The long-established Porsche 911 is an extremely exciting sports car. It’s both technically accomplished and offers an incredible driving experience in an outstandingly well designed package.
This vehicle is offered in four standard and eight metallic or special colours on most of its Carrera models, although not all versions are available in all colours. The 911 Carrera GTS, for example, drops one of the metallic paints, and replaces the Miami Blue with Silver Metallic in the special colours line-up. The 911 Carrera Black Edition comes in just metallic and standard black, while Convertibles also offer a choice of contrasting roof material.
If you want some extra guidance when picking out your ideal shade, our handy car paint types guide will help you distinguish between solid, metallic and special finishes.
Sleek, glossy, smart and practical, what’s not to love about a black Porsche? And, when you come to sell it on, if you can bear to part with it, buyers will be queuing up. Just bear in mind that black rather bucks the trend of darker hues not showing dirt up. So go for a quality car wash. It’s a Porsche. It’s worth it.
A brilliant, dazzling white that’s quite likely to attract some serious road envy. Given this shade’s extreme popularity, finding a used buyer isn’t going to be problematic. Again, though, don’t scrimp on the car washing. White needs cleaning more often than just about any other shade.
Racing Yellow (£0)
By any stretch of the imagination, this is a vivid shade. It’s likely to show up the dirt relatively swiftly, and egg yolk lemon isn’t a shade that tops many surveys of most favoured vehicular colours. Then again, whoever bought a Porsche to be sensible anyway?
Guards Red (£0)
Again, most would agree, this is a fairly bright colour, but it suits a sports car such as the 911. It will hide road dirt better than white but not as well as darker colours. Red is a pretty popular colour after monochrome shades, so you shouldn’t have to wait long for a buyer.
Jet Black (£801)
A glossy, slightly smoky black. This’s ideal if you feel a Porsche stands out enough already. Selling on is unlikely to be a lengthy affair, and dirt will stay hidden for a fair old while. Go for a quality car wash to avoid any unsightly swirl marks.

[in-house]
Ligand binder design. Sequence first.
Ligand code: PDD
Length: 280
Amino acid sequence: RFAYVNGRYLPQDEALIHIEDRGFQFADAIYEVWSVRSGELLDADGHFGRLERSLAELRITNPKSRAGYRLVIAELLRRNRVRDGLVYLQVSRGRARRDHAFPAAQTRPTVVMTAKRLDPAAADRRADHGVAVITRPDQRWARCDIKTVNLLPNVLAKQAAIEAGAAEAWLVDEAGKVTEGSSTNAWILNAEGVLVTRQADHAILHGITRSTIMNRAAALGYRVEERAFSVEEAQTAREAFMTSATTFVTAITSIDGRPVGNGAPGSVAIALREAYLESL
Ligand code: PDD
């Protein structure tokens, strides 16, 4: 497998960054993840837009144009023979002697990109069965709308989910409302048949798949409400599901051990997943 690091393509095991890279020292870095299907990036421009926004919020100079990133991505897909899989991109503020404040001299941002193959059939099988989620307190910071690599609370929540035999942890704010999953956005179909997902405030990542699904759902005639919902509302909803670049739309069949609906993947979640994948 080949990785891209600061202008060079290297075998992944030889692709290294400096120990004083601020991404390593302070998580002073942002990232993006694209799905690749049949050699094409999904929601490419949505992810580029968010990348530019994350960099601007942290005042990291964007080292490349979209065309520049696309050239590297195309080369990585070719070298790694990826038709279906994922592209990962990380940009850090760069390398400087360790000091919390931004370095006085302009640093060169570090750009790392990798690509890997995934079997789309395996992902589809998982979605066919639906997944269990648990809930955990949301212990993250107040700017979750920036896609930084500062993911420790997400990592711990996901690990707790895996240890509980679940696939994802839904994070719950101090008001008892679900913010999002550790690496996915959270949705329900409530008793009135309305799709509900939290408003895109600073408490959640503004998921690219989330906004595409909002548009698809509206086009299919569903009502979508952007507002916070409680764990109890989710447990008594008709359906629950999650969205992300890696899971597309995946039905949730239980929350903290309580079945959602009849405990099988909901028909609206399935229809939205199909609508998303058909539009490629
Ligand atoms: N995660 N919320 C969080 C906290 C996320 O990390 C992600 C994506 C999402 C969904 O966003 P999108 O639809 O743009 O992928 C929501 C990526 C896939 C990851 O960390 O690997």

Rhodium Silver (£801)
Super sleek, super smart and a doddle when it comes to reselling, this is a pale shade of silver. It’ll inevitably show up every last spot of grime, but you’ll no doubt be keen to keep it pristine anyway.
Sapphire Blue (£801)
If you like bright and bold colours, you will love this vivid blue. Just prepare for lots of lingering stares at the lights, and reselling could potentially be slower given it’s a rather unusual shade. You’ll find it middling in terms of how often it needs washing.
Agate Grey (£801)
Agate is a mid-spectrum grey that won’t keep you waiting long for a used buyer. It won’t need cleaning frequently as lighter colours so makes sense if you want a maintenance ownership experience.
Graphite Blue (£801)
This is an unusual blue with a subtle grey tone. Used buyers won’t be put off by this shade but other colours may sell on more quickly. When it comes to frequency of cleaning, it performs better than lighter colours but not as well as dark ones.
Carrara White (£801)
The metallic finish gives a glossy sheen to this classic white – always a sought-after hue on the used market. If reselling is important to you, this could be one to consider. Like all white vehicles, every little fleck of grime is going to be visible in no time.
Night Blue (£801)
A deep midnight shade, this colour gives your Porsche more than a touch of class. Not only should it do a good job of concealing grime, it’s a sought-after colour when it comes to finding a used buyer, as well.
GT Silver Metallic (£801)
A similar shade to the silver we love for our electronics, this popular colour won’t give you many resale headaches. It’s quite a light hue, so it may not be ideal if you prefer not to spend every weekend washing the car.
Lava Orange (£1,805)
This is an orange with pink tones, and it’s fair to say there aren’t many vehicles around in this colour. It’s certainly striking, but may not be for everyone, which may affect ease and speed of resale. The bold paint leaves dirt few places to hide so expect to spend some time cleaning this finish.
Miami Blue (£1,805)
By any standards, this is a zingy, electric, almost turquoise blue that will certainly attract attention. Some may find it just a shade too bright, so bear that in mind when reselling. Its brightness may mean dirt makes its presence felt more quickly than you’d like, too.
Carmine Red (£1,805)
Arguably more sober than some of the colours in the range, this is still a pretty vivid red with hints of purple. Red won’t show up every last speck of dust like white will but will need more frequent washing than darker colours. Introverted used buyers might walk past this shade but, for everyone else, it’ll be a popular choice.
Read our full, aggregated review of the Porsche 911 to see if it could be the car for you. Still unsure about your next new car? Our frequently refreshed new car deals page and car chooser make great starting points for your search.